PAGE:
A bombardment of asteroids would bring water
Mars may once have had an ocean – but only for a geological blink of an eye, which puts a dampener on ideas that there is or was life on the Red Planet. That’s according to a new theory put forward by Tim Parker of NASA’s Jet Propulsion Laboratory in Pasadena, California. Speaking at the Lunar and Planetary Science Conference in The Woodlands, Texas this week, he argued that a sustained barrage of asteroids hitting the young Mars could have delivered water to the surface, at least temporarily.
Parker has long held that at one point an ocean spread across half the northern hemisphere of Mars. This has seemed increasingly likely as we have continued to study the planet. Signs that Mars was once rife with water litter the present-day surface, with numerous geological features that are difficult to explain if it was always the dry, dusty locale we see today.
These include polygonal cracks seen by NASA’s Opportunity rover, which has been slowly driving across Mars for over a decade. On Earth, these require evaporation to form, so Parker sees them as a strong indication that the rover is traversing what was once the edge of an ocean. “The uniformity of the surface [that Opportunity has traversed] – over 43 kilometres now – is much easier to explain in a shallow marine setting,” he says.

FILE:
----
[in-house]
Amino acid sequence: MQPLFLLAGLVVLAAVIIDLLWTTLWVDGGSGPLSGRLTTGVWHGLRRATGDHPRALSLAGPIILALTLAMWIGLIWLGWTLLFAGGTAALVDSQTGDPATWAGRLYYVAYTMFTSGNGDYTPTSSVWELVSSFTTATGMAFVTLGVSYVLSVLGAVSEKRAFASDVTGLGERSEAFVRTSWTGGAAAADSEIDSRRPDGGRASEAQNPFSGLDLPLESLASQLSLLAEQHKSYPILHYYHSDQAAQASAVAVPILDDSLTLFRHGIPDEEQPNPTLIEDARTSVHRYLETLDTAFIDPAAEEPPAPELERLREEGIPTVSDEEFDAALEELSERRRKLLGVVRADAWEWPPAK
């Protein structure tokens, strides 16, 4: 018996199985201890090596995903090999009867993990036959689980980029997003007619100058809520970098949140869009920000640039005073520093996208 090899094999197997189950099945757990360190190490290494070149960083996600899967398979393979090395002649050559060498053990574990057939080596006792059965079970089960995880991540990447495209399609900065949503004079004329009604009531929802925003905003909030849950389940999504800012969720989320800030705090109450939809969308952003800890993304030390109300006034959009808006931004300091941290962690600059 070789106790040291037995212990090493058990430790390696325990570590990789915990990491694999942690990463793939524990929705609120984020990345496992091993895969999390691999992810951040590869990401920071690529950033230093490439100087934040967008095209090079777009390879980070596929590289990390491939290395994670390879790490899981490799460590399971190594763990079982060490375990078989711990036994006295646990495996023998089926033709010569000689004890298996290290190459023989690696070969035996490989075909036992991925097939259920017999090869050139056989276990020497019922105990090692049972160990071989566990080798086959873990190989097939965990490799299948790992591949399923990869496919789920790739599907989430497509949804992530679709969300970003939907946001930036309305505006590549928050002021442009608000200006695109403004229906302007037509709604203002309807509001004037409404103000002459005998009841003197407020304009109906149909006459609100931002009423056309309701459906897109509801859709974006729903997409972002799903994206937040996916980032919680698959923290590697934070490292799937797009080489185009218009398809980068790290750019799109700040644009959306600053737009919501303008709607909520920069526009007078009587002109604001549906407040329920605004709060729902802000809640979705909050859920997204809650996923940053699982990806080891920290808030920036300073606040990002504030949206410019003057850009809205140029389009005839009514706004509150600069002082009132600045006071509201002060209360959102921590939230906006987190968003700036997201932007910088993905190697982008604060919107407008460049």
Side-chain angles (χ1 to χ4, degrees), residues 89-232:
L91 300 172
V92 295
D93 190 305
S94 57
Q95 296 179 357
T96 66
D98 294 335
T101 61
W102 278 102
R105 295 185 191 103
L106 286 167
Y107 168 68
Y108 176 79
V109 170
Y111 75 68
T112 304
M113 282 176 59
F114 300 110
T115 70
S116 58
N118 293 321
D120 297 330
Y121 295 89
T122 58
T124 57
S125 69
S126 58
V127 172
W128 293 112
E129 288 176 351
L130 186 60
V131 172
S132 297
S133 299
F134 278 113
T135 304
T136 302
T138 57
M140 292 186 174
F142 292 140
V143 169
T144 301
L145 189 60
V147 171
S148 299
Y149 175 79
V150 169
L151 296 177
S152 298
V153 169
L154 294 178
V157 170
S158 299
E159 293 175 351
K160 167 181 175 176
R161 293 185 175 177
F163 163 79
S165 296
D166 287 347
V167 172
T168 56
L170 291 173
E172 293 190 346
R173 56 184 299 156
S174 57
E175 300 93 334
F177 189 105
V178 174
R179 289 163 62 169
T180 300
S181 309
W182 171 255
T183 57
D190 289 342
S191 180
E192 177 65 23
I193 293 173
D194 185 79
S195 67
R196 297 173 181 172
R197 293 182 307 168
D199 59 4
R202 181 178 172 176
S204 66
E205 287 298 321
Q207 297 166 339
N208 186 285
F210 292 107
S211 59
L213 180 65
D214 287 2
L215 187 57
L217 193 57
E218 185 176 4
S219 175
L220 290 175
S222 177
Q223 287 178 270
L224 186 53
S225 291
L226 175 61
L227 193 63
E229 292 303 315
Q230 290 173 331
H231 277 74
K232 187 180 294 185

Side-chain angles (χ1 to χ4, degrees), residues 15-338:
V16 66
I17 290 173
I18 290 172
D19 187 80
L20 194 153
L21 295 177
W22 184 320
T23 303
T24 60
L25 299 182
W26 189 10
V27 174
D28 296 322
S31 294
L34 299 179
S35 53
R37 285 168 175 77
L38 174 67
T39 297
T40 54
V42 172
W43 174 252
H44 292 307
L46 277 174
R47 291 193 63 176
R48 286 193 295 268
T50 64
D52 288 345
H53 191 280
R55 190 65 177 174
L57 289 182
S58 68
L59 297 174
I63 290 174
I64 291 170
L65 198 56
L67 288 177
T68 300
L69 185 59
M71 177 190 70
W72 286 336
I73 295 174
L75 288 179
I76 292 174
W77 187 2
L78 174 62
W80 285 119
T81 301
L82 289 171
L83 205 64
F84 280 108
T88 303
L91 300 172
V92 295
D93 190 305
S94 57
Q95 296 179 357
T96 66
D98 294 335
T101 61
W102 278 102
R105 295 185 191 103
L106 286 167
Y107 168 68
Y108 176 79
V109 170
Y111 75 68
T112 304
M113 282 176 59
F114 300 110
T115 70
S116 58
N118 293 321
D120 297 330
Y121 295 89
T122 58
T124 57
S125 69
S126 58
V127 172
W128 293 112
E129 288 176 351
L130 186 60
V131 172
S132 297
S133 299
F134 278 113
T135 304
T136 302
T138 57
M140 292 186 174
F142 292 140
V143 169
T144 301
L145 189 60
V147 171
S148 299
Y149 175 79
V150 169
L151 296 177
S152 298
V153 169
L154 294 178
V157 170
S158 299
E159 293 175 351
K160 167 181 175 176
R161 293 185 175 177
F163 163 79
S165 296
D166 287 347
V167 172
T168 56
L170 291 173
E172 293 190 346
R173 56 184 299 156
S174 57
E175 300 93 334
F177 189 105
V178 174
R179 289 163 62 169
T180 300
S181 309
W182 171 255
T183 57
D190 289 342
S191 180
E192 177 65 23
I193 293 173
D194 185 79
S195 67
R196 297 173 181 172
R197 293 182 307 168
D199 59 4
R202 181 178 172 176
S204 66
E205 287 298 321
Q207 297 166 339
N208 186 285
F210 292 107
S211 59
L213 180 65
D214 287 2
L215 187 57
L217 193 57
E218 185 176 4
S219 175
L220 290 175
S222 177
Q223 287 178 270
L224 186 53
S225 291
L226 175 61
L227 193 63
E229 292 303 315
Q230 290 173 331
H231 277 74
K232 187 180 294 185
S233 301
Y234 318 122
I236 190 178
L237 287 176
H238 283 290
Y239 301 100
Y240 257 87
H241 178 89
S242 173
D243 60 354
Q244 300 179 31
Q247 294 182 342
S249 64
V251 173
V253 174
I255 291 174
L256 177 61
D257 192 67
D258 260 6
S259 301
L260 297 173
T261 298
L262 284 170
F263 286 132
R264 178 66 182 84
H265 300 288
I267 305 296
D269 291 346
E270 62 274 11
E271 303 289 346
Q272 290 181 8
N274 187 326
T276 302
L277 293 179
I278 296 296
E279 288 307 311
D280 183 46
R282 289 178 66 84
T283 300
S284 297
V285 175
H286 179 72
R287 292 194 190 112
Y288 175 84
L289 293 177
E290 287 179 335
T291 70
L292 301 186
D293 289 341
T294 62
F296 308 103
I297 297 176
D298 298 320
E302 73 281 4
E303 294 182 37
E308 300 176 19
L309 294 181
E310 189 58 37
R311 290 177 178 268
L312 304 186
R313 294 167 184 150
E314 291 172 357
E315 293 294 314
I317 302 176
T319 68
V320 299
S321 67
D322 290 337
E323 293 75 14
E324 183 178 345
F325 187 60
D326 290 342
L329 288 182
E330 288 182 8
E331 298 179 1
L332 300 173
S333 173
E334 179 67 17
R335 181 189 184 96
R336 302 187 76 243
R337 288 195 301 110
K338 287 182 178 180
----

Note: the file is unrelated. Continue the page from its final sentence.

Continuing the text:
Terrain on Mars that seems likely to have been created by water
The trouble is that models of the ancient Mars climate struggle to match the conditions necessary to keep liquid water on the surface, which would require a thicker atmosphere. This atmosphere must have somehow been rapidly lost to leave Mars as we see it today.
Now Parker, along with his JPL colleague Robert Anderson, says a tumultuous time in the solar system’s history known as the late heavy bombardment could provide the water with no need for a major change in the atmosphere. During this period about 4 billion years ago, a barrage of asteroids is thought to have collided with the inner planets.
Because asteroids contain large amounts of water, they could have brought it to an initially dry Mars during the bombardment, says Parker. Impacts would have warmed the planet as well. “It’s a convenient way to build the ocean on Mars, rather than having it start out as a primordial ocean that dwindles over time.”
But because the Martian climate wouldn’t be equipped to hold on to the water, this ocean would freeze and disappear after just a few hundred million years – leaving potential life very little time to evolve.
Ultimately further study of both the minerals and rock formations on Mars will be required to solve the mystery of its water past, says Devon Burr of the University of Tennessee, Knoxville. “Tim is always thinking outside of the box,” she says. “There are a variety of ways of warming Mars and getting liquid water, I don’t know if the late heavy bombardment, for me, is conclusive.”